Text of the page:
Coordinating human and agent behaviour in collective risk scenarios

  1. 53973306B Domingos, Elias
Dirixida por:
  1. Juan Carlos Burguillo Rial Director
  2. Tom Lenaerts Co-director

Universidade de defensa: Universidade de Vigo

Fecha de defensa: 17 de decembro de 2020

  1. Ann Nowé Presidente/a
  2. Cristina López Bravo Secretaria
  3. Aleksander Byrski Vogal
  4. Bipin Indurkhya Vogal
  5. Francisco C. Santos Vogal
  1. Enxeñaría telemática

Tipo: Tese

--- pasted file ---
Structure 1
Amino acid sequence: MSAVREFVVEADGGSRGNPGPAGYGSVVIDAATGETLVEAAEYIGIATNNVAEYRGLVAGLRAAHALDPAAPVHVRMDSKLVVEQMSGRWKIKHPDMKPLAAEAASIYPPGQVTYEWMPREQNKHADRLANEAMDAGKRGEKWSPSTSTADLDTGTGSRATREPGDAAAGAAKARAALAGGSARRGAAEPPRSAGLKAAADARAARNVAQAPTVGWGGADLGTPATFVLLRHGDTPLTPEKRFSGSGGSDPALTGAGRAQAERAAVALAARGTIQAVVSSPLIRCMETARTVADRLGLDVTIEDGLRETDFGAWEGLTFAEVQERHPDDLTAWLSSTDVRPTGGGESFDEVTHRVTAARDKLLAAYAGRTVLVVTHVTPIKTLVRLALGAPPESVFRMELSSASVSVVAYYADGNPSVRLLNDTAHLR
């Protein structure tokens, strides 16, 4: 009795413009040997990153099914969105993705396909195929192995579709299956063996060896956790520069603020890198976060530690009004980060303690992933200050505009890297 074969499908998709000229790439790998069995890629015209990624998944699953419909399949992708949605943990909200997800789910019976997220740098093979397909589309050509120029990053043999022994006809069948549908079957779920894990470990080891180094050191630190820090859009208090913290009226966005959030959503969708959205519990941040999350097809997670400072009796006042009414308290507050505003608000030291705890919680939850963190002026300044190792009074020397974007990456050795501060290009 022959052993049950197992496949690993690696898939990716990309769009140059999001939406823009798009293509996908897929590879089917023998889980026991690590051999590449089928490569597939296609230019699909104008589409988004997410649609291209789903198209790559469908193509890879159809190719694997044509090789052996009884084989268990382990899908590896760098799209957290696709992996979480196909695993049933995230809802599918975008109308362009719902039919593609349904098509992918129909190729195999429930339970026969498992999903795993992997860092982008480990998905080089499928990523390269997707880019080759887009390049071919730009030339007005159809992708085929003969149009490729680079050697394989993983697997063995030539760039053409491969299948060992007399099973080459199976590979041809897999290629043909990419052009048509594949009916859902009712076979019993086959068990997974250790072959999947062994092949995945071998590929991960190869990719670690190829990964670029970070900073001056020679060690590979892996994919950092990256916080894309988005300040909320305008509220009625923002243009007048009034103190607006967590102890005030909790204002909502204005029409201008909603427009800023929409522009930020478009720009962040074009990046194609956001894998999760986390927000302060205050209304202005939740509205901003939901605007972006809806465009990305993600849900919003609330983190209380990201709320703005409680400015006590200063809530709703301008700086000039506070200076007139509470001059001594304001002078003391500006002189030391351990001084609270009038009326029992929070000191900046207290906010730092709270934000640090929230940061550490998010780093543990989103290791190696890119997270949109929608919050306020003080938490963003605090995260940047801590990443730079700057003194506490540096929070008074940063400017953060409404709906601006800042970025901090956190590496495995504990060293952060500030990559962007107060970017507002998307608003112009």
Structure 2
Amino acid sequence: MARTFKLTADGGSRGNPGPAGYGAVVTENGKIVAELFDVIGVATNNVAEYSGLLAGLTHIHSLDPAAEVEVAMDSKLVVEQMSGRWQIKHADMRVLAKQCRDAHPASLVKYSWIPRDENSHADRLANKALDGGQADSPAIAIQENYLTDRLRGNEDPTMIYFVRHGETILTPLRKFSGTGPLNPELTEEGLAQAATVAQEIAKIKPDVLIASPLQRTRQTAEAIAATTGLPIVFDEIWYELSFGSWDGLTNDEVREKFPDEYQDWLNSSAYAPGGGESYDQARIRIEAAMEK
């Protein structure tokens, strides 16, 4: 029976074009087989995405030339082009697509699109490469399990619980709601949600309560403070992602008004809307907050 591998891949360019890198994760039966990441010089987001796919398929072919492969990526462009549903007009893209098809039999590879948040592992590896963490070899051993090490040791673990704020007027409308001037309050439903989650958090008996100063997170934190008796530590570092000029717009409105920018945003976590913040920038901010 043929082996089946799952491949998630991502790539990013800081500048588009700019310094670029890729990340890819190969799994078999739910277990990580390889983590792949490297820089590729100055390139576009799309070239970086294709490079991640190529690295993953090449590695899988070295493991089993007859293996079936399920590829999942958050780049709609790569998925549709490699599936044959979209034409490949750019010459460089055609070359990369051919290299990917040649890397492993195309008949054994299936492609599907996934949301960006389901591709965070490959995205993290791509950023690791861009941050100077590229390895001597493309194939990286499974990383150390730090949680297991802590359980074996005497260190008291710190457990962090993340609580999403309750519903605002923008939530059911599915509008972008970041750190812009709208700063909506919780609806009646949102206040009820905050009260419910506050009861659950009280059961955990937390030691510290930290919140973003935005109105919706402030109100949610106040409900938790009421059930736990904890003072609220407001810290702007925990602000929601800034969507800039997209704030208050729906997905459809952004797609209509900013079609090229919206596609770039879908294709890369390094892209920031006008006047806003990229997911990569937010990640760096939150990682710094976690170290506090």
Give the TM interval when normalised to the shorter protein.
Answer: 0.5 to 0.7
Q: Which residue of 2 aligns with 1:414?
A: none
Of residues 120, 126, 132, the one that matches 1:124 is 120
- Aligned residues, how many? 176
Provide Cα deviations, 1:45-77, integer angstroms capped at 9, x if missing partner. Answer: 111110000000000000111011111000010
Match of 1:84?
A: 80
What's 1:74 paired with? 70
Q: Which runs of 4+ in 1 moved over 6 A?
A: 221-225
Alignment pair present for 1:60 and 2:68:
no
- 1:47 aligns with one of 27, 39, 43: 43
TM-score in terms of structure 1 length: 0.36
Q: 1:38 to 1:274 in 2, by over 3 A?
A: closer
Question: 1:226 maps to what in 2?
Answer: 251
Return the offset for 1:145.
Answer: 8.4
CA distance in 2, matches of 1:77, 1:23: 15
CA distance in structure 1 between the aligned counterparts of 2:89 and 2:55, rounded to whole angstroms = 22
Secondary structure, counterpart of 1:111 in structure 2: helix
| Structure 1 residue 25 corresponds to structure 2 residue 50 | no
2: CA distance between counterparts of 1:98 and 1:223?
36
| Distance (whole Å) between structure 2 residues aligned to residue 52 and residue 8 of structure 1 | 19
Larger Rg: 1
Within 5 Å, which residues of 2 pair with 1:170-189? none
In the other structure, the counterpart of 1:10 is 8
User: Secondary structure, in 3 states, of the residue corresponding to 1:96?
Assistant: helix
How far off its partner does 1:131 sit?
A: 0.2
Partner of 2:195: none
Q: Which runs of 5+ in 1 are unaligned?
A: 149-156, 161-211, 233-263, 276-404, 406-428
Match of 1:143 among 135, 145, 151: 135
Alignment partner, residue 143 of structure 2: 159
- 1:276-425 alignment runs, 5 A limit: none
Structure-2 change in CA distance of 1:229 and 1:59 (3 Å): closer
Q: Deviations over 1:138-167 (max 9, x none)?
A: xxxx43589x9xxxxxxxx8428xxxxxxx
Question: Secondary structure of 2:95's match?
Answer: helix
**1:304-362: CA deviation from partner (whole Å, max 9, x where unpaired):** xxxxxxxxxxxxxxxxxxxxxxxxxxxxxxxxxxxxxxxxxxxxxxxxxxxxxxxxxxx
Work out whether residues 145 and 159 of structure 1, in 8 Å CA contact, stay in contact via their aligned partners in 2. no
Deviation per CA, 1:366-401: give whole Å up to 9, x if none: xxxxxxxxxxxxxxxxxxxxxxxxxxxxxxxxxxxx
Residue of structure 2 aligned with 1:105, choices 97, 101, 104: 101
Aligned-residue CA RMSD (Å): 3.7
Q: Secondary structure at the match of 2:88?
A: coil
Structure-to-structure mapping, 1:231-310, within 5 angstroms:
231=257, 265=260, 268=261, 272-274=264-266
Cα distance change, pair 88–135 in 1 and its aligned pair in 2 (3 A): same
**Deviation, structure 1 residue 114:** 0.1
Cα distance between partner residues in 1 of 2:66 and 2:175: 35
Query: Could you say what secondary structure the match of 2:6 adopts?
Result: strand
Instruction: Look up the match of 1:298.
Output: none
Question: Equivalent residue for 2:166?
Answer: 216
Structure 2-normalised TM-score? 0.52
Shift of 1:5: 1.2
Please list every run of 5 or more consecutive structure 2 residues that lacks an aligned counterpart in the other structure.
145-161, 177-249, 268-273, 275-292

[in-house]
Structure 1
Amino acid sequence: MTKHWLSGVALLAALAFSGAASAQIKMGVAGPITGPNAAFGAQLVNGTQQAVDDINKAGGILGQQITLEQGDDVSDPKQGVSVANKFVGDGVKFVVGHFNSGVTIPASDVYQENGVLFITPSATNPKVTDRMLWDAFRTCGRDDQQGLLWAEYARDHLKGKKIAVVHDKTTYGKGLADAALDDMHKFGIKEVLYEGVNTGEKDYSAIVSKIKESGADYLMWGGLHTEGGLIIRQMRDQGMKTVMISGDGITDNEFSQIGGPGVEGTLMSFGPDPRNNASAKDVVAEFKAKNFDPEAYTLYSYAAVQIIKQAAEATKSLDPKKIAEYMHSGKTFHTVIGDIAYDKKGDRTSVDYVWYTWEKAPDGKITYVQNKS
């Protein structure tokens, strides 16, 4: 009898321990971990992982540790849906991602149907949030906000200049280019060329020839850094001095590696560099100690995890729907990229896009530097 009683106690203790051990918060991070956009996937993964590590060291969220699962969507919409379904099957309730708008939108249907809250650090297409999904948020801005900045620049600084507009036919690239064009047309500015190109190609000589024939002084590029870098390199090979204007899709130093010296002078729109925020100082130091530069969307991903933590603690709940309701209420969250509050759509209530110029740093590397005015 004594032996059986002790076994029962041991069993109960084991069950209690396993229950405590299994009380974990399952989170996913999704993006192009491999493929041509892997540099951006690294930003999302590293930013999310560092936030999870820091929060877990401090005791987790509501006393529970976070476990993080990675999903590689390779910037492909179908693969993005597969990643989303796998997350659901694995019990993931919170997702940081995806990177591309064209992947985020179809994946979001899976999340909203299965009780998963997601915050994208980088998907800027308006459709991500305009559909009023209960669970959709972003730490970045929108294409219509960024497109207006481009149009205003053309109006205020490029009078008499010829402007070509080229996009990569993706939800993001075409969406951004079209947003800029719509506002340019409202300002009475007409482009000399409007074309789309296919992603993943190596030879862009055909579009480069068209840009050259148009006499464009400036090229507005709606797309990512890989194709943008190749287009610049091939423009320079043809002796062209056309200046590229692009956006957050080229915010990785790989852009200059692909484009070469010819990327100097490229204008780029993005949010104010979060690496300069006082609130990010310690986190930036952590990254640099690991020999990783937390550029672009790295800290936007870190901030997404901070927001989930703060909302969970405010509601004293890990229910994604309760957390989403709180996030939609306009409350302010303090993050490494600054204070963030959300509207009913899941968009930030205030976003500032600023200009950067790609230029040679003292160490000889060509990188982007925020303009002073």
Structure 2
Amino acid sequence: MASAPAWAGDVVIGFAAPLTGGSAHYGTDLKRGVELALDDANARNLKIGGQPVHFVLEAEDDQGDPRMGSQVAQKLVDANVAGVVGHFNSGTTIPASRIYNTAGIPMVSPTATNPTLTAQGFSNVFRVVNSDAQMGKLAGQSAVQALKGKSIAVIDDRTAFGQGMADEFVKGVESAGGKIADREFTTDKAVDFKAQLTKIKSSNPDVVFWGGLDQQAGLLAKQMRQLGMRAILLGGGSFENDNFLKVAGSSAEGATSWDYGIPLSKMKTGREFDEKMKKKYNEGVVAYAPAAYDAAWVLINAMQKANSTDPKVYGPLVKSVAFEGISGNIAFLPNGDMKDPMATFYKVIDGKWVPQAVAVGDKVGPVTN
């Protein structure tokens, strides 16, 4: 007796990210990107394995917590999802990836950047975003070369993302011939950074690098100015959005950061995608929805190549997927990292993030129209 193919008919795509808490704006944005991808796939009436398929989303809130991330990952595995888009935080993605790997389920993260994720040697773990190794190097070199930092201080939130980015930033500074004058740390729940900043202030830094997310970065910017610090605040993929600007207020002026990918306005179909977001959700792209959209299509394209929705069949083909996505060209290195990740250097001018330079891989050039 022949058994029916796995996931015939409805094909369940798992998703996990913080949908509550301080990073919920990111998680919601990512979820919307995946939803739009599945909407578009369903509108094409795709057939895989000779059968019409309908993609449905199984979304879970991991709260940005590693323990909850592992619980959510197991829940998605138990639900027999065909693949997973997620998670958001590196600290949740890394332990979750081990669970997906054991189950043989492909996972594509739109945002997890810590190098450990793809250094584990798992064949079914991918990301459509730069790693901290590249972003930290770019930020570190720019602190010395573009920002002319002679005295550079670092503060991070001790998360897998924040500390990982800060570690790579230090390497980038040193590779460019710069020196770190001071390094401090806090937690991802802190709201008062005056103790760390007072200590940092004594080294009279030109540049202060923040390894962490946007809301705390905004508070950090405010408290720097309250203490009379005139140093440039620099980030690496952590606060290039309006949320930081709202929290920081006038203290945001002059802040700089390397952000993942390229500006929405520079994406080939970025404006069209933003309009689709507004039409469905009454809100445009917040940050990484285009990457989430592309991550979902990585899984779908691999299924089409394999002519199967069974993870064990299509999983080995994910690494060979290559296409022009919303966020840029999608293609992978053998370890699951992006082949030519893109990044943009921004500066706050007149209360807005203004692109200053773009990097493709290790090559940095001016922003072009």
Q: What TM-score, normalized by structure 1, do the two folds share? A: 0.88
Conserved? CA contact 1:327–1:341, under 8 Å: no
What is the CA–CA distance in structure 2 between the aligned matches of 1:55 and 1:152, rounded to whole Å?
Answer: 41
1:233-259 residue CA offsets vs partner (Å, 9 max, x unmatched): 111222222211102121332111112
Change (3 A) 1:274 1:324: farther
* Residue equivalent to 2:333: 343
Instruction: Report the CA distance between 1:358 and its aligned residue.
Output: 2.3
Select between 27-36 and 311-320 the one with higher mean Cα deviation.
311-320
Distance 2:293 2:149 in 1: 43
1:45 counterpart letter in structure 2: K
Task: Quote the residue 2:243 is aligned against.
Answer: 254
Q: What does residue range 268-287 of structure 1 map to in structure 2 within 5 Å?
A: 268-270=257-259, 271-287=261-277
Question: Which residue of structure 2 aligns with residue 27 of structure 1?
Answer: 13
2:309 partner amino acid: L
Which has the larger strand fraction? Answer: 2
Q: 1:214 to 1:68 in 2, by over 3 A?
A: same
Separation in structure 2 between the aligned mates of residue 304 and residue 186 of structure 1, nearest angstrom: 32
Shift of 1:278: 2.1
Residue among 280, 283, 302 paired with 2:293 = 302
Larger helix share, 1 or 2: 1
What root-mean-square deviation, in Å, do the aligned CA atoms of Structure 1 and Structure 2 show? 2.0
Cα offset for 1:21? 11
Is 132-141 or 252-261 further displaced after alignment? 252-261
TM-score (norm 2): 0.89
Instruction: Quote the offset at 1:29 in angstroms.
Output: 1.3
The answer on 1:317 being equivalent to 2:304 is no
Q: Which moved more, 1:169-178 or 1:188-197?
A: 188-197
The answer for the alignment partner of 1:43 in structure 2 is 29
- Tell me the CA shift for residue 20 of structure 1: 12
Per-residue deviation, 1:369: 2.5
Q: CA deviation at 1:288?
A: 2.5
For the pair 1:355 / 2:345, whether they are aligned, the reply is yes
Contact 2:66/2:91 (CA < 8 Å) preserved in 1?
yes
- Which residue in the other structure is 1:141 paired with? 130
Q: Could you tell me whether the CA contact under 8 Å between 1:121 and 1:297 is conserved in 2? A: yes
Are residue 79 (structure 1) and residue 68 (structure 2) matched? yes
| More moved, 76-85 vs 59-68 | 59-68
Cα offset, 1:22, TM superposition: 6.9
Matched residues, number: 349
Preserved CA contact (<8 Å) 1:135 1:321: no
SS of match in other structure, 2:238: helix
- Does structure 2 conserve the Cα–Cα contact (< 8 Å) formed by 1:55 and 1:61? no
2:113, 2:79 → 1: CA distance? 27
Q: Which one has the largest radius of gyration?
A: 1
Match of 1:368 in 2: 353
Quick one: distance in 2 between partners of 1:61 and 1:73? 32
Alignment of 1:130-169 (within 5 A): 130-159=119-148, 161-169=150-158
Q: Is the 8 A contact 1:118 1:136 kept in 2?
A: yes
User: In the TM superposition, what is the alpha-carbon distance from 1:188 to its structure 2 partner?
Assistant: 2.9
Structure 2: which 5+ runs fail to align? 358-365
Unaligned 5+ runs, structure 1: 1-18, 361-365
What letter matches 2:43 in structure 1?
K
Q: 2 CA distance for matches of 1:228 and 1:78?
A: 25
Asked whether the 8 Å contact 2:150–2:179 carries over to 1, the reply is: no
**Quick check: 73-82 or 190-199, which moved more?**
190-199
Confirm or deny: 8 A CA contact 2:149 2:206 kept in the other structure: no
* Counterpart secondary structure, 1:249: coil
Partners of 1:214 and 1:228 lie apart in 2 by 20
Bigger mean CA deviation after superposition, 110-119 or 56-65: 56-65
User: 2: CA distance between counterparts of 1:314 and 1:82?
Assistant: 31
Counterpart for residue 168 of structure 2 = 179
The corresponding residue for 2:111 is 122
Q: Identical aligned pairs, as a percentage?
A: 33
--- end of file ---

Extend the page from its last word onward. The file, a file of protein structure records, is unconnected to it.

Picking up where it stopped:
Collective hunting, antibiotic abuse, vaccination hesitancy, climate action or even coordinating the population in order to comply to the covid19 regulations are some of the several examples of collective endeavours that entail a collective risk. These complex scenarios correspond to social dilemmas that are subject to many uncertainties, ranging from the actual risk of the catastrophe occurring, to the amount of collective effort required to avoid it or even the time available to take the required measures. Additionally, such dilemmas are no longer constituted solely of human-human interactions, but also, increasingly often, of human-agent interactions through socio-technical systems already deployed at different levels of society. This adds a new layer of complexity which is still mostly unexplored. In this thesis, we perform and analyse a series of behavioural economic experiments in a collective risk dilemma (CRD), which abstract the previously listed scenarios wherein participants are confronted with a choice: contributing sufficiently over several rounds to achieve a collective target that avoids the catastrophe, or defect and assume that others will make sufficient contributions, and thus, aiming to maximise one’s personal gains. We use this framework to gain new insights on how uncertainties affect the outcome of collective risk scenarios and the behaviour of its participants, as well as how these results are affected by the presence of (artificial) autonomous agents. To this end, we perform a series of behavioural economic experiments divided in two parts: i) first, we study the effect of uncertainty about the time available to avoid the catastrophe (timing uncertainty), ii) then, we investigate how the presence of autonomous agents affect the choices of participants in the CRD and the outcome of the dilemma. The first set of experiments is motivated by previous experimental results which explore the effect of uncertainties about the impact (or risk) of the disaster (impact uncertainty), as well as the required contributions to avoid it (threshold uncertainty). These studies indicate that people only tend to contribute to avoid the disaster once they perceive the risk to be high, yet even in this case, cooperation collapses once the placement of the collective target is uncertain. Nevertheless, there was still no experimental results about the effect of timing uncertainty. We hypothesise that, as happens for threshold uncertainty, timing uncertainty will produce significative behavioural changes in the CRD. The second study is motivated by the increasing importance of autonomous agents in our society. These agents are already present in many call centres (e.g., chat-bots), in social networks (e.g., Twitter bots) and autonomous vehicles. In our experimental study, we have designed three experiments in which, respectively, participants have to delegate, customise or interact in a hybrid human-agent group. Previous experimental results indicate that human participants tend to program agents to which they will delegate their actions with pro-social behaviours. Yet, these results seem to depend on the context of the strategic interaction. We hypothesise that delegation to autonomous agents will also increase group success in the CRD.